Infections caused by methicillin-resistant Staphylococcus aureus (MRSA) appears to be more prevalent than previously believed, affecting certain populations disproportionately and is being found more often outside of health care settings, according to a study in the October 17 issue of JAMA.
MRSA has become the most frequent cause of skin and soft tissue infections among patients presenting to emergency departments in the United States, and can also cause severe, sometimes fatal invasive disease, according to background information in the article. "As the epidemiology of MRSA disease changes, including both community- and health care--associated disease, accurate information on the scope and magnitude of the burden of MRSA disease in the U.S. population is needed to set priorities for prevention and control," the authors write.
R. Monina Klevens, D.D.S., M.P.H., of the Centers for Disease Control and Prevention, Atlanta, and colleagues conducted a study to determine the incidence of invasive MRSA disease in certain U.S. communities in 2005 and to use these results to estimate the prevalence of invasive MRSA infections in the U.S. The study consisted of a population-based surveillance for invasive MRSA in nine sites participating in the Active Bacterial Core surveillance (ABCs)/Emerging Infections Program Network from July 2004 through December 2005. Reports of MRSA were investigated and classified as either health care--associated (either hospital-onset or community-onset) or community-associated (patients without established health care risk factors for MRSA).
There were 8,987 observed cases of invasive MRSA reported during the surveillance period. Most were health care--associated, with 5,250 (58.4 percent) community-onset infections, 2,389 (26.6 percent) hospital-onset infections, 1,234 (13.7 percent) community-associated infections, and 114 (1.3 percent) that could not be classified. After adjusting for age, race and sex, the incidence rate of invasive MRSA for 2005 was 31.8 per 100,000 persons. Incidence rates overall were highest among persons 65 years and older (127.7 per 100,000), blacks (66.5 per 100,000), and males (37.5 per 100,000). Rates were lowest among persons age 5 to 17 years (1.4 per 100,000).
"Based on 8,987 observed cases of MRSA and 1,598 in-hospital deaths among patients with MRSA, we estimate that 94,360 invasive MRSA infections occurred in the United States in 2005; these infections were associated with death in 18,650 cases," the authors write.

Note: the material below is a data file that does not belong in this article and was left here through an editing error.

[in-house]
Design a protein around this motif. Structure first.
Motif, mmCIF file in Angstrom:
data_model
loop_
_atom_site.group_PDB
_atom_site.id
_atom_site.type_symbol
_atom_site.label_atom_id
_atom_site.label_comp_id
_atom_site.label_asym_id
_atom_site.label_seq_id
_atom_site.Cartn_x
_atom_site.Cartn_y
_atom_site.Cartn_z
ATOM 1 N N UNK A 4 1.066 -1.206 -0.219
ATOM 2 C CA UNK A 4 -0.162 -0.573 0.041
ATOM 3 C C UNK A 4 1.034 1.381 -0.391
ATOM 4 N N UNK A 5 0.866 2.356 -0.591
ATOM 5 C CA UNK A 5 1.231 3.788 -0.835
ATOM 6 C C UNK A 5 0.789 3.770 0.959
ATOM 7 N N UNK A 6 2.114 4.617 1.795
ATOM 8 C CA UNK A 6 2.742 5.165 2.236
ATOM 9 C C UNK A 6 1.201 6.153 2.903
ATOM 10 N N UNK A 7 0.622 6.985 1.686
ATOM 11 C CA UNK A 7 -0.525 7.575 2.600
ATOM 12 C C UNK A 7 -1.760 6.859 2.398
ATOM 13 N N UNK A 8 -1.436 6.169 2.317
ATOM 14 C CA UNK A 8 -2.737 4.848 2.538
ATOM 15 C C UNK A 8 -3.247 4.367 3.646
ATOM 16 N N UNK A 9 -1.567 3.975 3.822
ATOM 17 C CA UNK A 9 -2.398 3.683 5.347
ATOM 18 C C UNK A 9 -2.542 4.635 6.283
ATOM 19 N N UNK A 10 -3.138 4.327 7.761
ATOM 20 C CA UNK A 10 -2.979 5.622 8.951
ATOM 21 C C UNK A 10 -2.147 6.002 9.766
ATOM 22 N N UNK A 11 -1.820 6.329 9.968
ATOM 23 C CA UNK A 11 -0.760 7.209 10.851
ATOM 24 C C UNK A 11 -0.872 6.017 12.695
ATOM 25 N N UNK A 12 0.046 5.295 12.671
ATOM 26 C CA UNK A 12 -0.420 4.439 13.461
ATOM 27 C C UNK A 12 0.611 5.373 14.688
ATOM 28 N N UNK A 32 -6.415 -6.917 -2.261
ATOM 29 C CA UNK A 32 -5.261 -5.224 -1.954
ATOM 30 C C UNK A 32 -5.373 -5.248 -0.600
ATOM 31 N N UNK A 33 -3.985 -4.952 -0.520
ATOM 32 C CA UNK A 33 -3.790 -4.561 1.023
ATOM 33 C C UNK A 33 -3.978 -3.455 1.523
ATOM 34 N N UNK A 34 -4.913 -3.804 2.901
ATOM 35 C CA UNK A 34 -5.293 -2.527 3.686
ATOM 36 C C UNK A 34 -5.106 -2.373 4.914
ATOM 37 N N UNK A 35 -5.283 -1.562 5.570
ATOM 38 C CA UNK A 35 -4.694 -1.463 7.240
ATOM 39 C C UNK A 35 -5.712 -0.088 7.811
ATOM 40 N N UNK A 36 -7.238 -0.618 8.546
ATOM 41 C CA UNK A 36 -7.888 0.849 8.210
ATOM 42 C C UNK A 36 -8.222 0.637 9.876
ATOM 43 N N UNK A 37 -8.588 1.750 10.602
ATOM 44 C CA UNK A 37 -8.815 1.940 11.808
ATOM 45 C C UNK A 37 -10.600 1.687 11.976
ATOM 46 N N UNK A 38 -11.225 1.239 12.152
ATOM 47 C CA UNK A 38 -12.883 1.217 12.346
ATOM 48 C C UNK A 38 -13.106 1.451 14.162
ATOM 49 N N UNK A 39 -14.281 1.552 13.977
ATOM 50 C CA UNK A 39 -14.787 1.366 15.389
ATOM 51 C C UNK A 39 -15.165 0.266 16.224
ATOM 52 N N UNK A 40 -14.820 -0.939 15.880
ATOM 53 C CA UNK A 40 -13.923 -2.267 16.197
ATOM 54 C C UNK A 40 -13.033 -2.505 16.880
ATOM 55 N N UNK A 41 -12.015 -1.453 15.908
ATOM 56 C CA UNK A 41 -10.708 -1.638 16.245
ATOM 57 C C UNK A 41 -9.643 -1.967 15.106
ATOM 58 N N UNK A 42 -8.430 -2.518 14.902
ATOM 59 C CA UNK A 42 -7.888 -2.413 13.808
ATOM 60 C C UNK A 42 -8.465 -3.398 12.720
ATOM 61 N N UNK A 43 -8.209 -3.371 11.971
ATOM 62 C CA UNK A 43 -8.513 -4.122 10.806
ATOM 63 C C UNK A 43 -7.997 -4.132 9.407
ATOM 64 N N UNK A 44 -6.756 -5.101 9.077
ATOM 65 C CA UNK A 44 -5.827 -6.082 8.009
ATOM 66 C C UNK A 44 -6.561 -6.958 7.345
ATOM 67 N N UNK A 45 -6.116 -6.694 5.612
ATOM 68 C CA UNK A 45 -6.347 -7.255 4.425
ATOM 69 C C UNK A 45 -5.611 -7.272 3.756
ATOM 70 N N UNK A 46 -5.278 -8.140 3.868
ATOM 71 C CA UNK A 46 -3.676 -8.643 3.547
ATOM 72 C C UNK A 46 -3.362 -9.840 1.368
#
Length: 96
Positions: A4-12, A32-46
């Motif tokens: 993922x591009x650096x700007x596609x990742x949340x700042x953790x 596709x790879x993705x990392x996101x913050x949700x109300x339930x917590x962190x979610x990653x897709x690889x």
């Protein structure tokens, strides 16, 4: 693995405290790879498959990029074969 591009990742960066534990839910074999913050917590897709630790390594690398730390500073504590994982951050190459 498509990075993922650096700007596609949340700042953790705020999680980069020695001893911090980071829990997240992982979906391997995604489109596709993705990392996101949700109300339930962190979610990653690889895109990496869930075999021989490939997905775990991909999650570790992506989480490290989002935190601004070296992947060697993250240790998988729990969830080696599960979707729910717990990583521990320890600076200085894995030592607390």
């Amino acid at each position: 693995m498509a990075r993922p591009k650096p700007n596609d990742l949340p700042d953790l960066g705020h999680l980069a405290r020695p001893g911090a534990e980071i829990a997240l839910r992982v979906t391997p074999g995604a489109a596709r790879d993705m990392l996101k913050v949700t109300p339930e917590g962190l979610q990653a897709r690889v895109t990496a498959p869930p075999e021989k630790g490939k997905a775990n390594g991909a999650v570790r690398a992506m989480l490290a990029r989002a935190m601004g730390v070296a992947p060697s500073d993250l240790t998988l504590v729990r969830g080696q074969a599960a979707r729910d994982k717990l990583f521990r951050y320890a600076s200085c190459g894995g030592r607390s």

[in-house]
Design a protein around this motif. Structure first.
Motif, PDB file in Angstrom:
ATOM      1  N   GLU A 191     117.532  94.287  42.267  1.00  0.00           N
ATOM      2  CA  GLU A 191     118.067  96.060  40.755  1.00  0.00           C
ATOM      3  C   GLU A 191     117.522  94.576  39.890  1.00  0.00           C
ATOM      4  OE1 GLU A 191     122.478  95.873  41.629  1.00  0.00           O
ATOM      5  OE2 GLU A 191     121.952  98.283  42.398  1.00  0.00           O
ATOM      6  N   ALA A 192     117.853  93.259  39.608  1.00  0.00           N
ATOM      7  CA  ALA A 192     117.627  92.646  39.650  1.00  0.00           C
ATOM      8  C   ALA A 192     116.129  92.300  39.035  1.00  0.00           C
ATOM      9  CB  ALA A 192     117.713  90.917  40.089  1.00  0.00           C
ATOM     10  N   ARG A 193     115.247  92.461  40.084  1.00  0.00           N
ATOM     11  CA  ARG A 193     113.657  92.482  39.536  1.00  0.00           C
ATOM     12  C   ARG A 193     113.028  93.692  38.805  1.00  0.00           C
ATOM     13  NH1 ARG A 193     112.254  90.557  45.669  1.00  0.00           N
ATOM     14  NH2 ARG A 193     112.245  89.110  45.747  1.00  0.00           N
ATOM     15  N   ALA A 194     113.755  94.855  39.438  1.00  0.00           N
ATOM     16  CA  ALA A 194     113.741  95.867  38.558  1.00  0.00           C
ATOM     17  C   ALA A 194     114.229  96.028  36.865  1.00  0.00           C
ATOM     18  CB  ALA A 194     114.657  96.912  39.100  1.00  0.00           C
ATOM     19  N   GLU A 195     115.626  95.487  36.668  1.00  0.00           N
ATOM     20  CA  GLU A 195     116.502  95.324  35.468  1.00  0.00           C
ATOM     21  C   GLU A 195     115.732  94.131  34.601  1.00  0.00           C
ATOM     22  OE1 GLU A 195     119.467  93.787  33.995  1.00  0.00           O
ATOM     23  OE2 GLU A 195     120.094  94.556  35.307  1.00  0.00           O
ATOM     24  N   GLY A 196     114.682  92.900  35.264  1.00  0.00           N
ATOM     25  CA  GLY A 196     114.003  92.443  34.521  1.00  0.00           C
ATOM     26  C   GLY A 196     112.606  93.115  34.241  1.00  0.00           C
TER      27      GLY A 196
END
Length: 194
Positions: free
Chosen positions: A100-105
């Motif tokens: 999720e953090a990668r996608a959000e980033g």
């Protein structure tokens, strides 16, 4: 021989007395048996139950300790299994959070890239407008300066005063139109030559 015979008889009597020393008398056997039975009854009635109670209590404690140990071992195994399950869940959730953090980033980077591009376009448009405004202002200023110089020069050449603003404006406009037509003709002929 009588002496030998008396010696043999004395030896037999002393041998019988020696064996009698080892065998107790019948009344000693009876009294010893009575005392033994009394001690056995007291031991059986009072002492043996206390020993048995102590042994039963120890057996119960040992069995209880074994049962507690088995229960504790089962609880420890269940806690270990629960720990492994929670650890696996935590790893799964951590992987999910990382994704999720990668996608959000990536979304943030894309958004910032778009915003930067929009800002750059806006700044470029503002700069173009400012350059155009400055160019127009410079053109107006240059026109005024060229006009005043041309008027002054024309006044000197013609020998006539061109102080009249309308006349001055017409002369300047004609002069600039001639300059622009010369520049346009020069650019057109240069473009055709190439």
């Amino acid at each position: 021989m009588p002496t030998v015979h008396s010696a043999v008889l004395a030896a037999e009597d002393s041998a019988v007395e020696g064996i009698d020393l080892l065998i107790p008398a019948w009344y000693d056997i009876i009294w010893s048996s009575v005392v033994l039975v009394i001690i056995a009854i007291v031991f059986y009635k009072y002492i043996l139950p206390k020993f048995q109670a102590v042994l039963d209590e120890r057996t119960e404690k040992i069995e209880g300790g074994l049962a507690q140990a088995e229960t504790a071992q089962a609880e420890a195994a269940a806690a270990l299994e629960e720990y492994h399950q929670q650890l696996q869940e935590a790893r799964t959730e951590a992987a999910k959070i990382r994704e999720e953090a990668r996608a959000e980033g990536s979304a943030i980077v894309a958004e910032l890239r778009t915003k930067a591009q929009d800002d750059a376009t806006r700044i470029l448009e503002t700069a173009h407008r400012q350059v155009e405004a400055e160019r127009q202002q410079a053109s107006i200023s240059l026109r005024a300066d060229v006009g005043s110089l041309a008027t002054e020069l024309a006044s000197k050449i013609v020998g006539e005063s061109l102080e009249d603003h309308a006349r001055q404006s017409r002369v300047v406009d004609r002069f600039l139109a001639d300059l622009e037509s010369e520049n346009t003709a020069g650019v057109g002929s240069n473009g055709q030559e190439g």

Molecular testing identified strains historically associated with community-associated disease outbreaks recovered from cultures in both hospital-onset and community-onset health care--associated infections in all surveillance areas.
"In conclusion, invasive MRSA disease is a major public health problem and is primarily related to health care but no longer confined to acute care. Although in 2005 the majority of invasive disease was related to health care, this may change," the researchers write.
Reference for article: JAMA. 2007;298(15):1763-1771.
Editorial: Antimicrobial Resistance - It's Not Just for Hospitals
In an accompanying editorial, Elizabeth A. Bancroft, M.D., S.M., of the Los Angeles County Department of Public Health, Los Angeles, writes that antimicrobial resistance is an increasing problem.
"The rate of invasive MRSA [as determined by Klevens and colleagues] was an astounding 31.8 per 100,000. To put this number into context, the estimated rate of invasive MRSA is greater than the combined rate in 2005 for invasive pneumococcal disease (14.1 per 100,000), invasive group A streptococcus (3.6 per 100,000), invasive meningococcal disease (0.35 per 100,000), and invasive H influenzae (1.4 per 100,000)." Dr. Bancroft adds that if the projection on the number of deaths (18,650) is accurate, these deaths would exceed the total number of deaths attributable to human immunodeficiency virus/AIDS in the United States in 2005.
"The reports in this issue of JAMA [including the study by Pichichero and Casey on drug-resistant S pneumoniae] reveal that infections with significant antimicrobial-resistant pathogens, the types formerly seen only in hospitals, now have onset in the community. Old diseases have learned new tricks. Consequently, new collaborations between the public health and medical communities are needed to identify and control antimicrobial resistance. It is not practical for public health departments to perform surveillance for MRSA or other highly prevalent resistant organisms without a robust system of electronic laboratory reporting. In the meantime, population surveillance can be achieved by public health personnel working with hospitals and laboratories in their jurisdictions to develop aggregate antibiograms [an examination that measures the biological resistance of substances causing disease]. Clinicians also should be encouraged to report to the health department any new trends in antibiotic resistance that they identify."
Reference for editorial: JAMA. 2007;298(15):1803-1804.
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